MADISON, Wis. (AP) — The Republican-controlled Wisconsin Legislature on Wednesday appealed a federal court ruling that allows for absentee ballots to be counted up to six days after the Nov. 3 presidential election in the battleground state.
The appeal was expected after Monday's highly anticipated court ruling in favor of Democrats and their allies. The judge even put his ruling on hold for seven days in anticipation of a quick appeal.
Wisconsin law requires absentee ballots to be returned by 8 p.m. on Election Day. But Democrats argued that given challenges posed by the ongoing coronavirus pandemic, along with the anticipated large number of absentee ballots, the deadline ought to be extended. U.S. District Judge William Conley agreed to the extension in Monday's ruling.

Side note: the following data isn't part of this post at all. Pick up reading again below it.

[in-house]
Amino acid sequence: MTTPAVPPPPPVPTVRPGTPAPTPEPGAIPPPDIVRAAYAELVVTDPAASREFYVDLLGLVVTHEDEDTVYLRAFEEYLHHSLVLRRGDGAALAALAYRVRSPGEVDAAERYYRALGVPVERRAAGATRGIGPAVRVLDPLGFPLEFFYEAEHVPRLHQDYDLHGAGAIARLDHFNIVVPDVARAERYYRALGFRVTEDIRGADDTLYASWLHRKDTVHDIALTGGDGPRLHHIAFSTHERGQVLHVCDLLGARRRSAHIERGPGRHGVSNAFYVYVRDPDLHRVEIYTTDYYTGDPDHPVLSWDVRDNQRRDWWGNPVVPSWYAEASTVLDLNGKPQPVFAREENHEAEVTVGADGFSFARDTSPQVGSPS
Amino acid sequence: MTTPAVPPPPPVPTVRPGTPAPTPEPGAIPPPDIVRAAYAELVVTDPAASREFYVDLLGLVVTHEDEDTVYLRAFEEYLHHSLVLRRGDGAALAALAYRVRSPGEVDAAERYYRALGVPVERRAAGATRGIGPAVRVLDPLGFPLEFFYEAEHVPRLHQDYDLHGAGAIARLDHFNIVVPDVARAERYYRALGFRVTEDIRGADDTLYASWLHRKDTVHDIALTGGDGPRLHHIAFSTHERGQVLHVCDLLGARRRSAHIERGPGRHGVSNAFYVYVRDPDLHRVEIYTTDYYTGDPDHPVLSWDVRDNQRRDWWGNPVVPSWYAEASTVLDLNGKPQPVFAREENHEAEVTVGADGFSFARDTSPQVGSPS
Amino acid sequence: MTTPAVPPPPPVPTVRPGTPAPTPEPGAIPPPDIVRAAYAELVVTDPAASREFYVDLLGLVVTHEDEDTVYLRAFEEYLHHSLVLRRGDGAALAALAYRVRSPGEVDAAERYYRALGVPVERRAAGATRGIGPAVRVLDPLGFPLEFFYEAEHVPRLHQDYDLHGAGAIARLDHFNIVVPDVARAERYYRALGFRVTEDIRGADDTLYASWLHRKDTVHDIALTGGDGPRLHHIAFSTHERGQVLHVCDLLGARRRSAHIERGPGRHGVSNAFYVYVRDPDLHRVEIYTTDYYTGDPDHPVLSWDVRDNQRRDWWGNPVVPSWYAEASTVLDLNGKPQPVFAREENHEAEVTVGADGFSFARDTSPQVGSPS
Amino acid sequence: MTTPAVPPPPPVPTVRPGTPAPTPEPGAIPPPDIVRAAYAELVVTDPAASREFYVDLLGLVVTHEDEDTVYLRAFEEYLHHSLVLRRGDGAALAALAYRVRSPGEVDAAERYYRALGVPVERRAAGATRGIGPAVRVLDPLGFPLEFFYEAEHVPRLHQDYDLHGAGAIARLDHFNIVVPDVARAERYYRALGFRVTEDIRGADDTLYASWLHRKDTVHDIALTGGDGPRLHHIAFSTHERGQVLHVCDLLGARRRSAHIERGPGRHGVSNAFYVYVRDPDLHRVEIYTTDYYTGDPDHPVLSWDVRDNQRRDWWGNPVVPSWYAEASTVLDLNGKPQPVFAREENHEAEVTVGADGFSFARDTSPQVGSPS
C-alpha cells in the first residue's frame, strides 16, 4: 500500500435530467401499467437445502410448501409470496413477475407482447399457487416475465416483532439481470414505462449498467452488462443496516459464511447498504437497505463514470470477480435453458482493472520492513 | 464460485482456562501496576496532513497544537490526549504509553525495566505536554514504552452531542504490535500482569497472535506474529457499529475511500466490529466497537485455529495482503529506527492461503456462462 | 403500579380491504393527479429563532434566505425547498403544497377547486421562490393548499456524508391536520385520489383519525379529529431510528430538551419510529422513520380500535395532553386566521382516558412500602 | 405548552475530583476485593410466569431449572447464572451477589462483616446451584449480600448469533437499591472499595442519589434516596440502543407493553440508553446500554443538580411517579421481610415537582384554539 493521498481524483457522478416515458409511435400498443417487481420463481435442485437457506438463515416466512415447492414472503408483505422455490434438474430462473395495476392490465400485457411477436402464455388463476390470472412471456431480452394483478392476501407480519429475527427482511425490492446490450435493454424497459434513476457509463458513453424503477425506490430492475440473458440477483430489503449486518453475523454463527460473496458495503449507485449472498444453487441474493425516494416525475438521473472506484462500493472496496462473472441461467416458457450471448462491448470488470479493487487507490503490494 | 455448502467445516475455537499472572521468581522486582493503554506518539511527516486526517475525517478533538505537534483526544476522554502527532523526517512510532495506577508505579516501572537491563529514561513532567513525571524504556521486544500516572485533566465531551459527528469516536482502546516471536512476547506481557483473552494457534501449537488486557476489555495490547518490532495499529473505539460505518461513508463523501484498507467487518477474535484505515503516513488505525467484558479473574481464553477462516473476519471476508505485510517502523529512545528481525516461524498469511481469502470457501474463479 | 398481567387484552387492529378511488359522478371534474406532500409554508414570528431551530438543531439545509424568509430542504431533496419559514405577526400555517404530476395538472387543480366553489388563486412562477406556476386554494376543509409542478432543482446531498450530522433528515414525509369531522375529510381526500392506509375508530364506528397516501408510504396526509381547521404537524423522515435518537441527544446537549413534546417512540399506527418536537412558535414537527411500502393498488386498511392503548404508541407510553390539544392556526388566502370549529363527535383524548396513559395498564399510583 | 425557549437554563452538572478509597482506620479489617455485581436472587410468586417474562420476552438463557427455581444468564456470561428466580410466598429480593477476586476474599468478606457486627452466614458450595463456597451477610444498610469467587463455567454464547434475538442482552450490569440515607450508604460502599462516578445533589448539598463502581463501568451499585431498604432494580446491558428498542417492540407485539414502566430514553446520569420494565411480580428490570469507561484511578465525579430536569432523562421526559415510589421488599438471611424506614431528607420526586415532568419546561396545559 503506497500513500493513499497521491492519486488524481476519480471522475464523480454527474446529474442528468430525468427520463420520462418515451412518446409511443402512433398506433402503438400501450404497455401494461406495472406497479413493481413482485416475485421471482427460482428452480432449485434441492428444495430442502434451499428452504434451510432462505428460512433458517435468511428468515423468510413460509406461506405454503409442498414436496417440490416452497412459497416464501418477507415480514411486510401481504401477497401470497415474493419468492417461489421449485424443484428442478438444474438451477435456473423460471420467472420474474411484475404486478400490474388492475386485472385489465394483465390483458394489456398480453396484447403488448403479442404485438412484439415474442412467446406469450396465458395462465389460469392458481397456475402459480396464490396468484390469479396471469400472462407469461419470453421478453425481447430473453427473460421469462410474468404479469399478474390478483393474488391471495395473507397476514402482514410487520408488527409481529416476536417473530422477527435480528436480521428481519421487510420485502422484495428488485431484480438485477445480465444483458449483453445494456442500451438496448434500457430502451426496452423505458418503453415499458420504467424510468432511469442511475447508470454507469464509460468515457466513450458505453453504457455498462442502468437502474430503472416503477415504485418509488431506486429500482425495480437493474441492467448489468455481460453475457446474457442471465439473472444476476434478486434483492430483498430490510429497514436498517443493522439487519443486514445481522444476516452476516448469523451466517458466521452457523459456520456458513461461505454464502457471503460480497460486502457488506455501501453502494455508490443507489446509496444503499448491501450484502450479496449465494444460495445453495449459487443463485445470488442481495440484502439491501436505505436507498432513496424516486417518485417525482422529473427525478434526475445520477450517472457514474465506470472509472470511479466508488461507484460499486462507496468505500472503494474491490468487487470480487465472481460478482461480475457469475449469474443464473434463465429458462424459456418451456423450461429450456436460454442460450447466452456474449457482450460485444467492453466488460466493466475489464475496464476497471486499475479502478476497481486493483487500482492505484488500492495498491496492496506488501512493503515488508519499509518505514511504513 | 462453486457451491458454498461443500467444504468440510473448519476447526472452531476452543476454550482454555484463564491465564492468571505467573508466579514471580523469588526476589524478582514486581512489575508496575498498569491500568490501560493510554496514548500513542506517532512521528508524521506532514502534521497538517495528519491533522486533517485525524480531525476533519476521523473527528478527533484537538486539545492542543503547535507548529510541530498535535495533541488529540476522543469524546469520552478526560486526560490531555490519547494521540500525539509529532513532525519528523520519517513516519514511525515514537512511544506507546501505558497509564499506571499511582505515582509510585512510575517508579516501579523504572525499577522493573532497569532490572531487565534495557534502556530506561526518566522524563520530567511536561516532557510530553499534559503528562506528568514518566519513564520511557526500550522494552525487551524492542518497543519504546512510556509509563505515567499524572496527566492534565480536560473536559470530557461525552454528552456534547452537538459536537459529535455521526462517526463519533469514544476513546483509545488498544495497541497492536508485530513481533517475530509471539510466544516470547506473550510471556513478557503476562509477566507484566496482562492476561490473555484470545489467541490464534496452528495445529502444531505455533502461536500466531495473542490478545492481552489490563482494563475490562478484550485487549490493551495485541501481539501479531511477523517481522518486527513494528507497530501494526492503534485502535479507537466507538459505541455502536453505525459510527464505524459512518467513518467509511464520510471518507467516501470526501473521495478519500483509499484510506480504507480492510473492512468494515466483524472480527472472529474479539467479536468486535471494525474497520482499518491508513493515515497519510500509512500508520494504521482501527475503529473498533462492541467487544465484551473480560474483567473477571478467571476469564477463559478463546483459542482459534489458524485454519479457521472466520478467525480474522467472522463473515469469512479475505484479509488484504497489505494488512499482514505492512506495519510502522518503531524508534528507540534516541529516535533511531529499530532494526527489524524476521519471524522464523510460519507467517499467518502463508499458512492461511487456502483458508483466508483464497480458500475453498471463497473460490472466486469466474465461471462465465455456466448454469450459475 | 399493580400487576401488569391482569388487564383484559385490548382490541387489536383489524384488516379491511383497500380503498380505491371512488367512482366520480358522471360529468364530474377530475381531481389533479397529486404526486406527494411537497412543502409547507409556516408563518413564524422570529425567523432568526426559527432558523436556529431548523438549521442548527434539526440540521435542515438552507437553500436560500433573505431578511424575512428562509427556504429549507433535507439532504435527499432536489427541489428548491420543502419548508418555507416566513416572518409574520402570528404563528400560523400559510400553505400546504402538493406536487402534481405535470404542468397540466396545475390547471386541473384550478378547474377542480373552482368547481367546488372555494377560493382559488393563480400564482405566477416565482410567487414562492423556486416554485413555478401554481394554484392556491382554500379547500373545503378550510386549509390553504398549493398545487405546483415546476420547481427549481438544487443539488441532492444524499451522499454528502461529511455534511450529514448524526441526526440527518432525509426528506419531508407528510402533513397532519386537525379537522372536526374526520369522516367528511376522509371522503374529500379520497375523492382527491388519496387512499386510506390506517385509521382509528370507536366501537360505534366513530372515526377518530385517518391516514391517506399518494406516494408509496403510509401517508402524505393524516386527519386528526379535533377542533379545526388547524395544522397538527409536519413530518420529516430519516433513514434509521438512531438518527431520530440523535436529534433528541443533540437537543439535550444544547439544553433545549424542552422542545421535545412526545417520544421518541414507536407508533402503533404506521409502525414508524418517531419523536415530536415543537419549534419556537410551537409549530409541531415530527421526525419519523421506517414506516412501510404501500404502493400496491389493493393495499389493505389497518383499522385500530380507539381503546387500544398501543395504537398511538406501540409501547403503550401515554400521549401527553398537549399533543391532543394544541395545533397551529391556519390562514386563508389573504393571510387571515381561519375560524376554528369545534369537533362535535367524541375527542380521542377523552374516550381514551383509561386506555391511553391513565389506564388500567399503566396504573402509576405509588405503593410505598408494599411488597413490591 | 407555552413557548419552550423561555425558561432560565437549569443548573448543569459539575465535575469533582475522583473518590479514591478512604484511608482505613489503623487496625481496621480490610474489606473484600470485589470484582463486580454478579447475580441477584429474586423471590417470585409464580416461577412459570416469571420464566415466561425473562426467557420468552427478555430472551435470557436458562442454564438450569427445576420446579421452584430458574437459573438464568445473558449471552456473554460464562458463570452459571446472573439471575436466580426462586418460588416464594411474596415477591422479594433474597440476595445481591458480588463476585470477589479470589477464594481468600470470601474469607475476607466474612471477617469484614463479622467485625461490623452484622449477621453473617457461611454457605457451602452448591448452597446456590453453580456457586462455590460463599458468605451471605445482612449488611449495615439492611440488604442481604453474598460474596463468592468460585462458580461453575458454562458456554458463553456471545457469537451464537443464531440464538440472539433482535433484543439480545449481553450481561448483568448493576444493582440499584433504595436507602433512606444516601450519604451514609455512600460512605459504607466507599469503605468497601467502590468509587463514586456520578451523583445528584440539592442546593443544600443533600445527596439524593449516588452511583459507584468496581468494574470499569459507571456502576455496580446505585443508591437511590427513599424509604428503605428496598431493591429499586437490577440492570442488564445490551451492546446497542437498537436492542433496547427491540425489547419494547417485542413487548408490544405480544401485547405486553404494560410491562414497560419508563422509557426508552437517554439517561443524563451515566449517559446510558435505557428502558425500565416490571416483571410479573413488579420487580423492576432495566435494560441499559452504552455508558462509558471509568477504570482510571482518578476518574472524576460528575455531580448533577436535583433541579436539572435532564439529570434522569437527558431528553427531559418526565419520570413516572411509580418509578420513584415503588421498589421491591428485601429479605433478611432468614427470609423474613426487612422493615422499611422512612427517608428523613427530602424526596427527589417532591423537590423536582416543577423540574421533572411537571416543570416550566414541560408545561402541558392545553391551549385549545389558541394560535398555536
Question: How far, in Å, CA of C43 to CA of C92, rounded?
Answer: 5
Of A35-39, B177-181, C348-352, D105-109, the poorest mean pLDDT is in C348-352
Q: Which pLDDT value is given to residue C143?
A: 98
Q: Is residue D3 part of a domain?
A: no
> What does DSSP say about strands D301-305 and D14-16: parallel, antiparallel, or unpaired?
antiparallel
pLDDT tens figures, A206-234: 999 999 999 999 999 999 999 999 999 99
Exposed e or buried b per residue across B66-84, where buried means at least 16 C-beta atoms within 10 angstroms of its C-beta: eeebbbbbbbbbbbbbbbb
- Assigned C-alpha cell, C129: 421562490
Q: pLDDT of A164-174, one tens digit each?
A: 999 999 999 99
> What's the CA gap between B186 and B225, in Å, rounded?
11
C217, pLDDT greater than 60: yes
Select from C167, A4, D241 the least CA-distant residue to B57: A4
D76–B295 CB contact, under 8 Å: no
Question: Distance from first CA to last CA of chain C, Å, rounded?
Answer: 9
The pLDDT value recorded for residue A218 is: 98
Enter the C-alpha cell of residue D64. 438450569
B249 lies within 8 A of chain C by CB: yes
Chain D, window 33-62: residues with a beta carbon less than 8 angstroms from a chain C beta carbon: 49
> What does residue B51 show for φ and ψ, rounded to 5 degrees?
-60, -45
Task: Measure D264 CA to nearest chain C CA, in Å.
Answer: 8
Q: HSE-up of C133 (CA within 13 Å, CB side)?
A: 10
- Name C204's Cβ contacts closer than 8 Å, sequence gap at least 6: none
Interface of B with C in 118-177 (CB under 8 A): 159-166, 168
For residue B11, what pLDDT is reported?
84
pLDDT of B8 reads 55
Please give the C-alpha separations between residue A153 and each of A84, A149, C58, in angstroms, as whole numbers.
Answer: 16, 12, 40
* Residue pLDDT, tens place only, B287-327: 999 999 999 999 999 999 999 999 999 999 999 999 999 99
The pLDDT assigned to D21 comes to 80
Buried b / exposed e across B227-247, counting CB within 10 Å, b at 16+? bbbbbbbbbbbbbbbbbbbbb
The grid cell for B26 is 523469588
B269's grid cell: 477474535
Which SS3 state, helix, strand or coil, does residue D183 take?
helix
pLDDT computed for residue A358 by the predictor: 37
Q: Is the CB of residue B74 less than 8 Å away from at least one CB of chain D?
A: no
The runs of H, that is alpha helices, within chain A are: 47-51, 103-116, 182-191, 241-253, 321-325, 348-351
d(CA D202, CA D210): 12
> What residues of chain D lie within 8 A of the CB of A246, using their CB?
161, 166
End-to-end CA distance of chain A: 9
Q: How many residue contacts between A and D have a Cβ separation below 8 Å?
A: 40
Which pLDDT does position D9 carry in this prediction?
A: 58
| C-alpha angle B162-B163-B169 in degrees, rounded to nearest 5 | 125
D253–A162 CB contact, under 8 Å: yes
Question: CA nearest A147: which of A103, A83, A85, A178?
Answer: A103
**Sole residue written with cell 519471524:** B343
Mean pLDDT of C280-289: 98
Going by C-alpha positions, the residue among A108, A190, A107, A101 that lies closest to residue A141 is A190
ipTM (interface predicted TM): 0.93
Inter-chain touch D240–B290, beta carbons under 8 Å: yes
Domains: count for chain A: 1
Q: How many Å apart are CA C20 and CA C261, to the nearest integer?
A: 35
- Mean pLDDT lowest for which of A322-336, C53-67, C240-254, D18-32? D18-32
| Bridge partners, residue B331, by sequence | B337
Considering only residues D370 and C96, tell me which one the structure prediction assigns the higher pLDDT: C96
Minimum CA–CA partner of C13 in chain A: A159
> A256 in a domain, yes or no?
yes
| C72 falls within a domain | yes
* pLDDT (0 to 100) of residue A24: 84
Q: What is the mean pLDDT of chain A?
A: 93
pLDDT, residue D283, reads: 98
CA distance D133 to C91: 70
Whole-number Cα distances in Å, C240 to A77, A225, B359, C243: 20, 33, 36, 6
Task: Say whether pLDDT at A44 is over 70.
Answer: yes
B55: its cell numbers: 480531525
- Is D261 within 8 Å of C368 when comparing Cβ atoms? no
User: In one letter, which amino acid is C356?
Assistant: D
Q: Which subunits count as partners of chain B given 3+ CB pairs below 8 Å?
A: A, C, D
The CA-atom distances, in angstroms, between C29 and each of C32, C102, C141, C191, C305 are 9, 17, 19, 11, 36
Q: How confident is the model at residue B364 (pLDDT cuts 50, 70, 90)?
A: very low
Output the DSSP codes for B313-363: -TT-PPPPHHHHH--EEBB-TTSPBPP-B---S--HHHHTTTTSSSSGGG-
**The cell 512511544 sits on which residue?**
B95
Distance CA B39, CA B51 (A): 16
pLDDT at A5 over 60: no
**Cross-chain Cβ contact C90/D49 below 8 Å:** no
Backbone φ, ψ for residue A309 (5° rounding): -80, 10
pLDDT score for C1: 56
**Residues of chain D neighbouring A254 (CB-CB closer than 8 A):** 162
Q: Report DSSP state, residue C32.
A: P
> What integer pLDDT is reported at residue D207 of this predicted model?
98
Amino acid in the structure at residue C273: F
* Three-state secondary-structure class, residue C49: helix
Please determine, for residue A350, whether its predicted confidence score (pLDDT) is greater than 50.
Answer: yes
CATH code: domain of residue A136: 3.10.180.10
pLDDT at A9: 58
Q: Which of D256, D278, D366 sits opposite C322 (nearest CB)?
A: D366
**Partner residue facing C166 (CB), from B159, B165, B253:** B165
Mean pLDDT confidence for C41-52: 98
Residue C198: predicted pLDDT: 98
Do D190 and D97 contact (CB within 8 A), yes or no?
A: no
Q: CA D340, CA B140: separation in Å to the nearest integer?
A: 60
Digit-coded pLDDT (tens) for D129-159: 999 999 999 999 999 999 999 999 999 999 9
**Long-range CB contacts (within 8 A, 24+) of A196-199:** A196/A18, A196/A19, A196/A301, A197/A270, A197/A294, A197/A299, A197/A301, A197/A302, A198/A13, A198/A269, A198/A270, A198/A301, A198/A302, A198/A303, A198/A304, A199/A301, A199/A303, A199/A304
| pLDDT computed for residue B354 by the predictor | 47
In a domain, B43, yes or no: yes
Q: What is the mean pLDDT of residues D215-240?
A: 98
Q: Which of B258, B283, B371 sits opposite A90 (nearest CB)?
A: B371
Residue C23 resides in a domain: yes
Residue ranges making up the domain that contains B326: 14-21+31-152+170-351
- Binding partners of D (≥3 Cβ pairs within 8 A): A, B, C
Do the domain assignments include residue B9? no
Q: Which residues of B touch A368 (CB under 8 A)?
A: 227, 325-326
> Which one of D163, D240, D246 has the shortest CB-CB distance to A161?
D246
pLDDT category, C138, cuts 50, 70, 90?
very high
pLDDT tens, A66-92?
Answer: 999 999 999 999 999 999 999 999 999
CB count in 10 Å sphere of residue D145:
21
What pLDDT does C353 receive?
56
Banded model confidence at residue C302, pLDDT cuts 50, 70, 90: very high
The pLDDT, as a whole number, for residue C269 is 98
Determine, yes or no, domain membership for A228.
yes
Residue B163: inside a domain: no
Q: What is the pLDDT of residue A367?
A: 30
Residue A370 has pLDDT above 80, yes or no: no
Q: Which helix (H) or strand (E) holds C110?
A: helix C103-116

The Legislature's attorneys said in a court filing Wednesday that they plan to ask the 7th U.S. Circuit Court of Appeals to put the ruling on hold pending appeal. The case is expected to go all the way to the U.S. Supreme Court.
In 2016, the presidential race was decided in Wisconsin by less than 1 percentage point — fewer than 23,000 votes. Wisconsin is viewed by many as a potential tipping point state this election for either President Donald Trump or Democrat Joe Biden.
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